I have a friend who gets mad when people read his name “David” as Day-vid instead of Dah-veed. Well, David, imagine living in Japan.
First it was kana. Then it was kanji. Then it was kanji’s numerous readings. Then it was counters. And now I’ve finally come to terms with my current “hardest part of Japanese”: reading names.
I’m not really concerned with why names are so hard to read. Last names are often pretty easy to read, since there are so many of them. First names are a nightmare since people are more concerned with the number of strokes and the meaning of the kanji when deciding their child’s name rather then how easy it is for a passerby to read.
On pretty much all forms that require name input, there is a box for the katakana reading of the name, so teachers actually almost never pronounce names wrong since their list of names comes with the reading. When registration doesn’t require the reading, problems always arise. Just the other day, my student Ayamu (歩) was registered at an event as Ayumi. Indeed, that’s a potential reading for that name. But that reading sounds like a girl’s name, incidentally, as mi is often the end of girl’s names in Japan. Confused? Well, we’ll try to clear that up.
With that said, it’s not impossible to guess name readings. In general, read it with the kun’yomi (訓読み), the Japanese reading of the kanji. For instance, 高 has an on’yomi (音読み) reading of こう and a 訓読み reading of たか. 森 has an 音読み reading of しん and a 訓読み reading of もり. Thus, a good guess of the name 高森 is たか・もり rather than こうしん, the latter sounding like a noun of some sort. Indeed, 高森 is read as たかもり. As exceptions occur in English grammar, so too do exceptions occur in names: 水戸 is read as みと, not みずと/みずど. And like you did with English, the only real course of action is to deal with these exceptions as they come. For now, we’ll deal with the 80%.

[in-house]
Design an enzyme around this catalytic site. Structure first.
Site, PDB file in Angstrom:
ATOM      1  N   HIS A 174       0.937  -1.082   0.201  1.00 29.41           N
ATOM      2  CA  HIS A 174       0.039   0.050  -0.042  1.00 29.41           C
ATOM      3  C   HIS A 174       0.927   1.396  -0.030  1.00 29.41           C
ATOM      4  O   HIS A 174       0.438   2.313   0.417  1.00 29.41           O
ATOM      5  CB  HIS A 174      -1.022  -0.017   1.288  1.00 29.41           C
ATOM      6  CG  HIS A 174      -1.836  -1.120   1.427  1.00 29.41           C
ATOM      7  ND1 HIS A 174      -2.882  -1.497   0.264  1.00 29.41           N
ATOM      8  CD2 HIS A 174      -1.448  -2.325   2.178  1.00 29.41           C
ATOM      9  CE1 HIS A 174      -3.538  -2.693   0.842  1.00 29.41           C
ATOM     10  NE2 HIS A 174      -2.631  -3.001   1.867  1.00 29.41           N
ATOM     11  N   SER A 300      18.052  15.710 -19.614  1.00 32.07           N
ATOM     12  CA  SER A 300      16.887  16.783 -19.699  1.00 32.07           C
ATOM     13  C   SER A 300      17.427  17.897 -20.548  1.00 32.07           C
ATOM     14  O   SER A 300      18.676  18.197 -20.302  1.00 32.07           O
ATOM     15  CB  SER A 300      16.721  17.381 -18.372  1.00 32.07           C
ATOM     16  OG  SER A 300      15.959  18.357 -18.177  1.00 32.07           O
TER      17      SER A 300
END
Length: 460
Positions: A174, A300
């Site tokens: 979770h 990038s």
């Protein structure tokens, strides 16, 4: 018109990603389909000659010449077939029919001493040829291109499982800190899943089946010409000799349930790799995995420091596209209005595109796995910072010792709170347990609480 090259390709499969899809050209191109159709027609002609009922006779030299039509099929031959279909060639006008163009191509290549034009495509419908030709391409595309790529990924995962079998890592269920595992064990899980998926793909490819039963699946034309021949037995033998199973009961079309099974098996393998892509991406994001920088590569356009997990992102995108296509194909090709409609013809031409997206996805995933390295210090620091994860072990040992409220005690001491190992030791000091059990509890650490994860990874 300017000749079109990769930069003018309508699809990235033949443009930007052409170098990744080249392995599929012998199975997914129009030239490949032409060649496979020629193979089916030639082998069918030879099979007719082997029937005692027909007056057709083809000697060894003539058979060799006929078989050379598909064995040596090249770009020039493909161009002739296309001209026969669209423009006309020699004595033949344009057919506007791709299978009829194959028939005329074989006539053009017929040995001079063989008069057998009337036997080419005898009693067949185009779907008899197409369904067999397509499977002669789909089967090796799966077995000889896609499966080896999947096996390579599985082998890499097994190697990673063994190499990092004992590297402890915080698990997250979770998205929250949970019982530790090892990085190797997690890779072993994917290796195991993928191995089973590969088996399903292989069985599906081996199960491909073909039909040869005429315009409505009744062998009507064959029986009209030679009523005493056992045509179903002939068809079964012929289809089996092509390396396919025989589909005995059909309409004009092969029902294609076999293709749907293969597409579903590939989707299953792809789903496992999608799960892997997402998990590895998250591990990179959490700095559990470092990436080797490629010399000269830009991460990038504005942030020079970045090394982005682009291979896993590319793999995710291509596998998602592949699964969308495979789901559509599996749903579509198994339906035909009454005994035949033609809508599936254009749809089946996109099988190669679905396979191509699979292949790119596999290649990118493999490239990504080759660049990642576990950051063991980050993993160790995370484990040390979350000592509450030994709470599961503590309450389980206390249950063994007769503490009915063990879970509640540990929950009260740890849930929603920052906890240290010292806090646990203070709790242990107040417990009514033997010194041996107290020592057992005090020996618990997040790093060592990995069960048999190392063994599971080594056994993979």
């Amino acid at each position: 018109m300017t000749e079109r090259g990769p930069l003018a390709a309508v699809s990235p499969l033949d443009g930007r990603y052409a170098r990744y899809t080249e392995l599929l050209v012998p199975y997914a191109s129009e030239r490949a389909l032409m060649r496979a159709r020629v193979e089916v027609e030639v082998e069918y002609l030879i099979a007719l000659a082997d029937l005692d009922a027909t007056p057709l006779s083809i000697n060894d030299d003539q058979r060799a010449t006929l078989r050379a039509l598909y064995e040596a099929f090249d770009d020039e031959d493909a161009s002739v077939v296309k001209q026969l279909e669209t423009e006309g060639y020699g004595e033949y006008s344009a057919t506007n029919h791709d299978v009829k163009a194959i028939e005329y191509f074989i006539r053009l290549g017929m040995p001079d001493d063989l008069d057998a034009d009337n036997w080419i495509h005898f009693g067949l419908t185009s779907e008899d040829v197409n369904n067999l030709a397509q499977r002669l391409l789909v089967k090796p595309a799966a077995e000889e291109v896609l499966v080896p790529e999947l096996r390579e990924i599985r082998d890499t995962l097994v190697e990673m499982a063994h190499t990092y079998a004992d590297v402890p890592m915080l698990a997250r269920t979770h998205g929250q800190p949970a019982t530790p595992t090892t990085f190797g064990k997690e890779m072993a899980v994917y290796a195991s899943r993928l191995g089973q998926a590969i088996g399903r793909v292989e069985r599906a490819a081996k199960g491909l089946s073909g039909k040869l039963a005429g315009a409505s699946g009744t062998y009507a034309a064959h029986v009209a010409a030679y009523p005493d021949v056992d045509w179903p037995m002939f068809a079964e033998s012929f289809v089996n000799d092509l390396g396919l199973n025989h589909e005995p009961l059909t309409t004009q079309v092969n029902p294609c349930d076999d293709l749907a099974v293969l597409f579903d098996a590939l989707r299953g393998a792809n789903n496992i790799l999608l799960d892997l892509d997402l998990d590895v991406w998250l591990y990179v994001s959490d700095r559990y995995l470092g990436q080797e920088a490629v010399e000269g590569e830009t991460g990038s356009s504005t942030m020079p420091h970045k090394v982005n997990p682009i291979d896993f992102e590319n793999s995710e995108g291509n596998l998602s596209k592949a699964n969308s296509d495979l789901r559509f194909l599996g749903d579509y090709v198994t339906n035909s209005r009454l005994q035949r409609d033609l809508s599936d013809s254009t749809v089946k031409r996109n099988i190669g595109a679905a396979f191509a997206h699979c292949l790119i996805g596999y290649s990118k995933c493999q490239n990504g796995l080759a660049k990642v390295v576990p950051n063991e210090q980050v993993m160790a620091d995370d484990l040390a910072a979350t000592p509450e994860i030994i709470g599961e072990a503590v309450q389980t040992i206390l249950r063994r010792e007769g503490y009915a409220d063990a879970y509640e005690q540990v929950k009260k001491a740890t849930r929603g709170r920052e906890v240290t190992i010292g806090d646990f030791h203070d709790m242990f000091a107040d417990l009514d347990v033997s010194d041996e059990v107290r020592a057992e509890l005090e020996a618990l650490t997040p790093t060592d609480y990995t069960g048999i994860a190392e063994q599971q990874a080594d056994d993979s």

Throughout this post, remember that the same rules apply for family names and place names.
Kanji to Be Familiar With
The following Kanji appear in many Japanese family names. In general, they have one reading when it comes to names. Don’t let this list distract you too much though. Use it only when you come across a specific kanji.
Family Names Everyone Can Read
What better place to start than the top 20 Japanese names. For obvious reasons, you should be familiar with all of these. They’ll come up very frequently, so you should have no trouble getting these names right:
1 佐藤 さとう
2 鈴木 すずき
3 高橋 たかはし
4 田中 たなか
5 渡辺 わたなべ
6 伊藤 いとう
7 中村 なかむら
8 小林 こばやし
9 山本 やまもと
10 加藤 かとう
11 吉田 よしだ
12 山田 やまだ
13 佐々木 ささき
14 山口 やまぐち
15 松本 まつもと
16 井上 いのうえ
17 木村 きむら
18 清水 しみず
19 林 はやし
20 斉藤 さいとう
Oh, and that last one, 斉藤, if it included the alternate kanji people use for the name (斎藤, 齋藤, and 齊藤), would be the ninth or eighth most popular Japanese name.
Not too bad, right? 井上 and 清水 both threw me off the first time, and all the とうs (佐藤、伊藤、加藤、斉藤) and 佐々木 are read with their 音読み. (The rule for 佐 is to use its さ reading when it begins a word but its すけ reading when it finishes one; the rule for 藤 is to use ふじ when it begins a word but とう/どう when it finishes). Most of the others follow the basic 訓読み.